In Peak fitness

2012 is the Toy Trust?s 20th anniversary year and to mark the occasion, the charity is organising the Three Peaks Challenge to raise funds in aid of Medic Malawi. Katie Roberts caught up with chairman Nick Austin to find out more...
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On Friday July 6th at 5.30pm, 95 toy and licensing execs will attempt to climb Mount Snowdon in North Wales for what will be the start of a gruelling 24-hour challenge that will also see the group climbing Scafell Pike and Ben Nevis.

So why is everybody doing the Three Peaks Challenge?
Well we decided that in the 20th anniversary year of the Toy Trust, we’d like to take on a really big and important project and we chose to partner a great UK registered charity called Medic Malawi – www.medicmalawi.org – with whom we are going to build and run a brand new orphanage to house 40+ young and vulnerable children whose parents have died from either malaria or HIV.
We need to raise £100,000 to do this and the Three Peaks Challenge will hopefully raise the majority of the money via sponsorship of the 95 participants. Also some of the money raised by Andrew Brown’s record-breaking Atlantic Challenge will go towards this project.

Give us some facts and figures on the Three Peaks Challenge.
It requires climbing the highest peaks in Wales, England and Scotland in 24 hours; nearly 750 miles of driving, over 14,000 feet of ascents and descents, no sleep and probably lots of blisters and aching knees and ankles. We aim to raise most of the £100,000 through sponsorship of the 95 climbers who are signed up, so if you are reading this and feel inspired to help, then please support online somebody you know who is doing the trip or send a cheque to the Toy Trust.

Why do you think so many people have volunteered?
Firstly because it is a truly inspiring and uplifting experience and will be great fun, something people will remember for the rest of their lives.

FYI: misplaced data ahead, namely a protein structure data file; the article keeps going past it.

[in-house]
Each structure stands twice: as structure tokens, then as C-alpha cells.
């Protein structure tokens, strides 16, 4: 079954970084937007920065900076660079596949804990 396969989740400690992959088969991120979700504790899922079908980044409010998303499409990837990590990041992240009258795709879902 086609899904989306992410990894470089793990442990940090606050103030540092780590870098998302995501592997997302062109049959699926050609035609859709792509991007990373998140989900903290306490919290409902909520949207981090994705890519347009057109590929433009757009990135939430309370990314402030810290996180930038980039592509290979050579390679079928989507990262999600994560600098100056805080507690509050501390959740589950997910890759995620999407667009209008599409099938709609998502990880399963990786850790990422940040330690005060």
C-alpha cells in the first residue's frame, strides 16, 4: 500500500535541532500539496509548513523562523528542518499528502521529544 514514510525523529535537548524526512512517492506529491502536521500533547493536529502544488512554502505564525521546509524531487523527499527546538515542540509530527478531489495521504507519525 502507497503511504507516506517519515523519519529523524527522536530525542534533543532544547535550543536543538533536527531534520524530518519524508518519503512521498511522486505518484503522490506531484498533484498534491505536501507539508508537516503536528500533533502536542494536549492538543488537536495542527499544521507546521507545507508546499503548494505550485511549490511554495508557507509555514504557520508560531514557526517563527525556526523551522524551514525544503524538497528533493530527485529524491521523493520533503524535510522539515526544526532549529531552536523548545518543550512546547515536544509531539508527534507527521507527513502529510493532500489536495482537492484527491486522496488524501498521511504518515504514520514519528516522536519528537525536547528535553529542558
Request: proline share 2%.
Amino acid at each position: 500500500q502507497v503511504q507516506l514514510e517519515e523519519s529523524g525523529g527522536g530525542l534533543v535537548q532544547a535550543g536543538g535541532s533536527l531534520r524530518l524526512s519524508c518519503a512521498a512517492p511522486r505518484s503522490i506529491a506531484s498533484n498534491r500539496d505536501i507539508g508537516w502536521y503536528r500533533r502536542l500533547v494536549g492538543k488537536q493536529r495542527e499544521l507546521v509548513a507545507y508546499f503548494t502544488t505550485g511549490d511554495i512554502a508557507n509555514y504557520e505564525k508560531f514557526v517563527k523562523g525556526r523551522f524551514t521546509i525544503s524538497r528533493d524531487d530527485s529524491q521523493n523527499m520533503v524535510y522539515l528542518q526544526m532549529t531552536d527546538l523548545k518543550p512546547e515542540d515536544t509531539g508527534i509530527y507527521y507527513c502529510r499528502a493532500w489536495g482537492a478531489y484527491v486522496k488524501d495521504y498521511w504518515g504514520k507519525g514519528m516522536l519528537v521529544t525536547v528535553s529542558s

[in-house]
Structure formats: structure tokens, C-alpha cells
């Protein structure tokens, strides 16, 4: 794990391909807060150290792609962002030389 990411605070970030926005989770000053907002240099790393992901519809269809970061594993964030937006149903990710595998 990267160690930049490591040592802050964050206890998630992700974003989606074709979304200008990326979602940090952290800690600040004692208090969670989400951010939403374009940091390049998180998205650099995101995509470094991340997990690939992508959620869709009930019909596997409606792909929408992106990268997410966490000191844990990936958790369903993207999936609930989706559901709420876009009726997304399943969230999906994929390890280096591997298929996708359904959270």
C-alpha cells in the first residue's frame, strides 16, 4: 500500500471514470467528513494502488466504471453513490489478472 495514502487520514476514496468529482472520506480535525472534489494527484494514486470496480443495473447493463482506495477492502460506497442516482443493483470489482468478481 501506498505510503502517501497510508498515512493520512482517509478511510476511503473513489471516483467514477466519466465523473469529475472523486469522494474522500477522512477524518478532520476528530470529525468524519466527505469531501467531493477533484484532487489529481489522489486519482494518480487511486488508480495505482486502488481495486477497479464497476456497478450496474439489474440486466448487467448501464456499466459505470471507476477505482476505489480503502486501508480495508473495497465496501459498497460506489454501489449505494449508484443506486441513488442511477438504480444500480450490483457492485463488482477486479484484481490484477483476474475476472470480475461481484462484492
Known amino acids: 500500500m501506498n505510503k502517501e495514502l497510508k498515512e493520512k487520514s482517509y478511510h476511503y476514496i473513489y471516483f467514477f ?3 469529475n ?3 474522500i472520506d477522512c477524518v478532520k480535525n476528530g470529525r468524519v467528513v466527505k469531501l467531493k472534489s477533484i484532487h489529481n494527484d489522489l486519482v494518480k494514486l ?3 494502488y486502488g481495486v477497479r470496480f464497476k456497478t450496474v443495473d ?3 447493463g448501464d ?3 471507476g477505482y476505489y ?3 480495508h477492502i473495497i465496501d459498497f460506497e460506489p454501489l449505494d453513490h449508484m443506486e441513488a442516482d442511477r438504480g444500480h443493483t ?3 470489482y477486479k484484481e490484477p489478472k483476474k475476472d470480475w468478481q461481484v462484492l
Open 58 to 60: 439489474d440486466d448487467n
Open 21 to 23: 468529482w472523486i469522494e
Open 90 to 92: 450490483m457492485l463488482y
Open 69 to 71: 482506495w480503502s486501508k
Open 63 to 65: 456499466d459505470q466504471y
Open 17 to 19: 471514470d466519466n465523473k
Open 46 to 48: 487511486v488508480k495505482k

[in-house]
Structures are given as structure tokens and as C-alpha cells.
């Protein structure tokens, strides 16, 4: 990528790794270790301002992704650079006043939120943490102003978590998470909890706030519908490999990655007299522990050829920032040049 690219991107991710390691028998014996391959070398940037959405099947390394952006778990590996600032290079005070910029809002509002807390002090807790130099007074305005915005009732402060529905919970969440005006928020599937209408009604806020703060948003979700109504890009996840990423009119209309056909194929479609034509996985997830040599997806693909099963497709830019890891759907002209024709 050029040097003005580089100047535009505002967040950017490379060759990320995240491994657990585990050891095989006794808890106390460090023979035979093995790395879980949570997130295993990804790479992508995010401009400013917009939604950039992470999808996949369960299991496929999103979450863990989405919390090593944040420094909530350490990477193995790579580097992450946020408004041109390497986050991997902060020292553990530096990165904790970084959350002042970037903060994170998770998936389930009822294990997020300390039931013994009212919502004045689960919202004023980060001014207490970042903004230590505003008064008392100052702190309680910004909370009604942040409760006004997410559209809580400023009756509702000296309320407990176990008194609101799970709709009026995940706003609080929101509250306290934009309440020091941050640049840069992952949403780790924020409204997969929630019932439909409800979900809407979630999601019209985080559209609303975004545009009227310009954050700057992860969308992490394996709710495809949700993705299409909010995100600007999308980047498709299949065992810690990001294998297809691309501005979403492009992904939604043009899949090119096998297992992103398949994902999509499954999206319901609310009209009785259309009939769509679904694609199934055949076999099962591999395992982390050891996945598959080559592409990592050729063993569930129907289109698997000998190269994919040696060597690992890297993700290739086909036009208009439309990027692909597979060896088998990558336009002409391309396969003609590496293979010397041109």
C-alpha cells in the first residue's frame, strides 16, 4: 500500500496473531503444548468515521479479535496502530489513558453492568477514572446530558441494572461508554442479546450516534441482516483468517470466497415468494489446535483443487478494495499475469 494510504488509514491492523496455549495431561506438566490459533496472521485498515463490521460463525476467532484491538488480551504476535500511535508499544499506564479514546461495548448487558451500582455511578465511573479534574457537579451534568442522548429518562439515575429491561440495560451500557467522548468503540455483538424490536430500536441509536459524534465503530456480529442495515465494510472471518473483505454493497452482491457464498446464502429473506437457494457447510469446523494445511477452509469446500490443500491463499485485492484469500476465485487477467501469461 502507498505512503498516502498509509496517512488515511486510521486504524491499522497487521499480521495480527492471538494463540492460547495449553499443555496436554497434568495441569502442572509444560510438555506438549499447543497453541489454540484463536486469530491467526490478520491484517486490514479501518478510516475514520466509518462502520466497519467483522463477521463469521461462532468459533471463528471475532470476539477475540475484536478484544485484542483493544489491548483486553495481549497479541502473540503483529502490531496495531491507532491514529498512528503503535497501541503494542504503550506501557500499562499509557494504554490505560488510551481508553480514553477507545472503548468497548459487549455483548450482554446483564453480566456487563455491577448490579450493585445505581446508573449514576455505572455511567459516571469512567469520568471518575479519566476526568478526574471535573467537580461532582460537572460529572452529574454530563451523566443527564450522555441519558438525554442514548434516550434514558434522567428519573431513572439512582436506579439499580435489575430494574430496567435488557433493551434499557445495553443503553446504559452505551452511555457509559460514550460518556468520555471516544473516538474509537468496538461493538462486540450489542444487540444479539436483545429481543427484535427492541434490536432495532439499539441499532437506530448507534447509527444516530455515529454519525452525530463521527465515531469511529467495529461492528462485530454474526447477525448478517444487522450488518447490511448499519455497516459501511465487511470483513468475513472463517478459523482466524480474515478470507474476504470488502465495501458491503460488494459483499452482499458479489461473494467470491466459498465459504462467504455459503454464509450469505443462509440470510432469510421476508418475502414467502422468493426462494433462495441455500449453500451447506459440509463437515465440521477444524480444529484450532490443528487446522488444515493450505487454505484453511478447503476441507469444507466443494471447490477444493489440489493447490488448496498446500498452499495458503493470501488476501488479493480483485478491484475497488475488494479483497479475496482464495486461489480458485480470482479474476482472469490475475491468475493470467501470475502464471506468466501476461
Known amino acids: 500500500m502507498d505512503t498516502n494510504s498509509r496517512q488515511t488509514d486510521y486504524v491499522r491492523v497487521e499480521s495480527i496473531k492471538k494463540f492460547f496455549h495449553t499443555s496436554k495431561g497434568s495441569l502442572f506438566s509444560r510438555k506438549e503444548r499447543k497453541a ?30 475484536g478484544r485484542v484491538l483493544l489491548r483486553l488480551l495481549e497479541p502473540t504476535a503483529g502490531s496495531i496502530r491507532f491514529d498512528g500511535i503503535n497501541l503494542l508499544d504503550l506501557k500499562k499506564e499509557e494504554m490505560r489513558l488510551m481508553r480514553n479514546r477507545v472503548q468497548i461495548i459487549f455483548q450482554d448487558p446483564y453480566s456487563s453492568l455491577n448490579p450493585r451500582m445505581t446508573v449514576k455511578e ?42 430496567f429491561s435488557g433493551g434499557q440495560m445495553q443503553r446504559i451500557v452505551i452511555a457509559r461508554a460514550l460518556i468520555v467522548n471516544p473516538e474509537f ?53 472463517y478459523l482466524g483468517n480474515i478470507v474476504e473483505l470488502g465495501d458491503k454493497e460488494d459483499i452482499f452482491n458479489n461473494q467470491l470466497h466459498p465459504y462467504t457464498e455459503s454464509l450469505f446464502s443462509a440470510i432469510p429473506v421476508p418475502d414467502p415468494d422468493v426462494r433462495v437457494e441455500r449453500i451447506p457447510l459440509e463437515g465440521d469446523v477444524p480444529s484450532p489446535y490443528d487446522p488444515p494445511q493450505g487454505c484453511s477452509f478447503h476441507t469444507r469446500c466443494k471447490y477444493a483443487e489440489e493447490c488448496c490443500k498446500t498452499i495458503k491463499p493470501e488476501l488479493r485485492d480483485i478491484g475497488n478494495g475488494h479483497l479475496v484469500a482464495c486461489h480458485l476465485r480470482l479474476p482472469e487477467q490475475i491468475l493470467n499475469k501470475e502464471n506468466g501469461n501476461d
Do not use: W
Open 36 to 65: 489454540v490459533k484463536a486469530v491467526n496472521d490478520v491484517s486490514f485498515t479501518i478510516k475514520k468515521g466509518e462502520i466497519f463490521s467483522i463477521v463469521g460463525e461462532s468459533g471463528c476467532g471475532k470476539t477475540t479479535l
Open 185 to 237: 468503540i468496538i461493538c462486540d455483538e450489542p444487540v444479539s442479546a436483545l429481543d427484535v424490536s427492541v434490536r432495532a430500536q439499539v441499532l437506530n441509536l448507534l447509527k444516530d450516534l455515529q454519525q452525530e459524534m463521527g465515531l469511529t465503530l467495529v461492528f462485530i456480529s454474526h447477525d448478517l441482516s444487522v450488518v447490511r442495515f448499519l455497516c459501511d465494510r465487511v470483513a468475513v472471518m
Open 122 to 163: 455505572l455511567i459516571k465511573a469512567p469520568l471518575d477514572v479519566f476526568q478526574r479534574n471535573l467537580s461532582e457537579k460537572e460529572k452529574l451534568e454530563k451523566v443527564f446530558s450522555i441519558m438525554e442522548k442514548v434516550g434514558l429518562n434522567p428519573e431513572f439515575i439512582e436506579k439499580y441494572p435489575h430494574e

Secondly, I think sometimes that hard working, high achieving people feel the need to break out and do something a little outside their comfort zone and something that’s good for the soul. 

Thirdly, I think there are a lot of big-hearted people in this industry who genuinely want to give something back to disadvantaged children. How many times in your life can you make such a profound and immediate difference to some of the poorest children on the planet?

Can you tell us a little more about Medic Malawi charity?
Medic Malawi is a truly inspiring charity. It was started ten years ago by a British couple who built a small hospital in one of the poorest areas of Malawi, 100km north of capital Liliongwe. An orphanage was then added to house parent-less young children and then a school naturally followed on.

The charity runs all this work on just over £100,000 per annum from small donations from UK supporters. However, they desperately need to build another orphanage and that’s where the Toy Trust kicks in. We hope to start building the orphanage in the summer and finished by September.

How do you know that 100 per cent of everything you raise will go the building and running the orphanage?
Medic Malawi is a truly amazing and efficient charity. It is run by volunteers, has zero administration costs and no paid fund-raisers. Therefore every penny we raise will go directly to the new orphanage. 

That is very reassuring, I’m sure, for the 95 people who are signed up for the trip and busy raising funds as we speak.

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